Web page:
So, you’ve polished your shoes, had your suit dry cleaned and finally persuaded your boss that you are the best employee to send to the overseas expo conference, but what now? Travelling on business for the first time can be a strange balance of both exciting yet nerve-wracking, as you are being paid to visit a new country but are expected not to mess the opportunity up. Like most trips though, the key to simplicity is in the planning.
Even in the internet age, business travel is just as popular as ever amongst all levels of employees, and the advent of new technology has undoubtedly made the whole process easier to organise and probably more fun too. Before you go, make sure you have all the essentials covered.
Book the hotel before you do anything else (on the work credit card, of course) and make sure it is both near the conference facility for an easy morning commute, and also mid-priced. Do not go for cheap just because you are not paying for it, as your company will certainly be claiming the tax back on your trip, so don’t rough it unnecessarily. Of course, try to get as much for your money as possible though, like free wireless internet, breakfast and parking. Once you have found the perfect hotel, make sure it is close enough to any amenities you might need during the trip, including restaurants and entertainment.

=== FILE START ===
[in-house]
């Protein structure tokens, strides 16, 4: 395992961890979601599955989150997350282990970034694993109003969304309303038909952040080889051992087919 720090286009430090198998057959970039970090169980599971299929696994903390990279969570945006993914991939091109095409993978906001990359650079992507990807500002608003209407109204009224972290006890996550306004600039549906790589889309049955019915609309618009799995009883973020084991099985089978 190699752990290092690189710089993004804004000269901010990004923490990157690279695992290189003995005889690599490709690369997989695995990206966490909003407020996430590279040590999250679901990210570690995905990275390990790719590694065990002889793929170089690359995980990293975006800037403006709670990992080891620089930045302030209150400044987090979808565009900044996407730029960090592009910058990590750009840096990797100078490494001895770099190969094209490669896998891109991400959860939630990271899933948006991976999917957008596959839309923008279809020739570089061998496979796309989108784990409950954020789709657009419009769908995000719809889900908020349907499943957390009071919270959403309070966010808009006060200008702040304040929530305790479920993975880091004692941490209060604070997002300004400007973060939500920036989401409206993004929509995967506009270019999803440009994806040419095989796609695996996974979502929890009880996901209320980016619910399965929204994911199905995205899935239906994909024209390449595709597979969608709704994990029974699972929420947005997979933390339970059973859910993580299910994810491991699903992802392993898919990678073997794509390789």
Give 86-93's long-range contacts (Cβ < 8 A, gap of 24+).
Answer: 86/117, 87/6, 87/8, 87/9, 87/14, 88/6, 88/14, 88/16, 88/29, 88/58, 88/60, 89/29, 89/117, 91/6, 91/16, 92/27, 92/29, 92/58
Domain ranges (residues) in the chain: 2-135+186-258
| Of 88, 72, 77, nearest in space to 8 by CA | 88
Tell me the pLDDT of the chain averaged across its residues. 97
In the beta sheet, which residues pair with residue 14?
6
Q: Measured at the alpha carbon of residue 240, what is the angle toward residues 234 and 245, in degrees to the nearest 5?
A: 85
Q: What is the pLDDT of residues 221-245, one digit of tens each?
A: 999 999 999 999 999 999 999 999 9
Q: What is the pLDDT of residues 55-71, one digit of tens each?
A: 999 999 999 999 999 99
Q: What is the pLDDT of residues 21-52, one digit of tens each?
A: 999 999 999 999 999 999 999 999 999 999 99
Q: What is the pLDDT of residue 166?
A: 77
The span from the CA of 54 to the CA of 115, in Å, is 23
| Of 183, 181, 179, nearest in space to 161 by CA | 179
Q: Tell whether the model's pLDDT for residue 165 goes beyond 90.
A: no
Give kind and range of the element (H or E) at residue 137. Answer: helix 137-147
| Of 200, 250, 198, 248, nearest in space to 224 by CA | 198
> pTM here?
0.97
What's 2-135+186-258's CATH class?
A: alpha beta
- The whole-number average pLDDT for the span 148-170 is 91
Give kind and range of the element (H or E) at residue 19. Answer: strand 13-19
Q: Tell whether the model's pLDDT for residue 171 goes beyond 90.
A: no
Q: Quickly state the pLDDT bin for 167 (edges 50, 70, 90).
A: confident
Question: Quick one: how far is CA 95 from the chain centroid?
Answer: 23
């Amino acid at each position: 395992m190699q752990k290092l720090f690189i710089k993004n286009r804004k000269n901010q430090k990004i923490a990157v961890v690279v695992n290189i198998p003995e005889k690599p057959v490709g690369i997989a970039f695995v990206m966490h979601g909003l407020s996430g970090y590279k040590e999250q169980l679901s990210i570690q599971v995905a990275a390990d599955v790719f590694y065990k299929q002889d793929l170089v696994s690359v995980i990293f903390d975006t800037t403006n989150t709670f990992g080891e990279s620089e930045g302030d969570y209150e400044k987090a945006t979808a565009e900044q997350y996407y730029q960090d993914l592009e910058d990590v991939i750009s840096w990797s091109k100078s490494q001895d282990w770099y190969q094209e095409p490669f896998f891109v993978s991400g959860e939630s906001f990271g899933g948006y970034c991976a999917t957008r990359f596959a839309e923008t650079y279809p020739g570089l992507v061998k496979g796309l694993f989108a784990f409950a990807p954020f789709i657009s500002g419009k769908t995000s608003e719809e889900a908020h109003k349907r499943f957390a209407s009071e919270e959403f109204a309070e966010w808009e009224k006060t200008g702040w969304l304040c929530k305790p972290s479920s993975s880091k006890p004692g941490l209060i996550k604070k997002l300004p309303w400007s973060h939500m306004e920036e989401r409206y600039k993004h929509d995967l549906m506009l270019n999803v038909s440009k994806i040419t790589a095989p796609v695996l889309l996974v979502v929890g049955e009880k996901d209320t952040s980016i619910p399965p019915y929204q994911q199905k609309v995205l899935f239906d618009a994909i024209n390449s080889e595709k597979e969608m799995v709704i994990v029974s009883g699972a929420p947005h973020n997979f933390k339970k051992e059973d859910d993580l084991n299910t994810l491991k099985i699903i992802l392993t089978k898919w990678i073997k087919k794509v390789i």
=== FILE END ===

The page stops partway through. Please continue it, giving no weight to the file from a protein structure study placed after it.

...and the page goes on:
Next prepare your technology. It almost goes without saying that being able to find a reliable internet source abroad to send any necessary paperwork is never going to be simple, so make sure you take everything you need. Try and borrow a work laptop if you don’t already have one, and always bring a small USB flash drive, so that you can transfer data quickly and easily if need be. Likewise make sure your mobile phone is set for international use. Finally, make sure you save a copy of all of your bookings, boarding tickets and itineraries in your office e-mail, so that a colleague can access them in an emergency.
The day before leaving, pack with consideration. If you’re only going for a day or two, you might not need to check-in any luggage, This would save you time at the other end and you don’t have to worry about losing anything either. Pack simple, with one key piece, like a suit, and then two or three accompanying shirts and ties to match. Most hotels provide irons or trouser presses, but it’s a good idea to call ahead and check.
Arrive at the airport early and double-check everything is on time immediately. Afterwards, get online and start researching who you are likely to meet on your business trip and, if you have time, perhaps try and find somewhere to eat once you have landed. If your flight is delayed or cancelled, there are many hotels near Heathrow Airport where you can spend the day working, or book a room for the night.
Once you are at the conference or meeting, keep a pen and notepad on you at all times and don’t be afraid to introduce yourself immediately. Always use people’s name when addressing them if possible, as this will help you remember who’s who, and always remember that you are representing your company.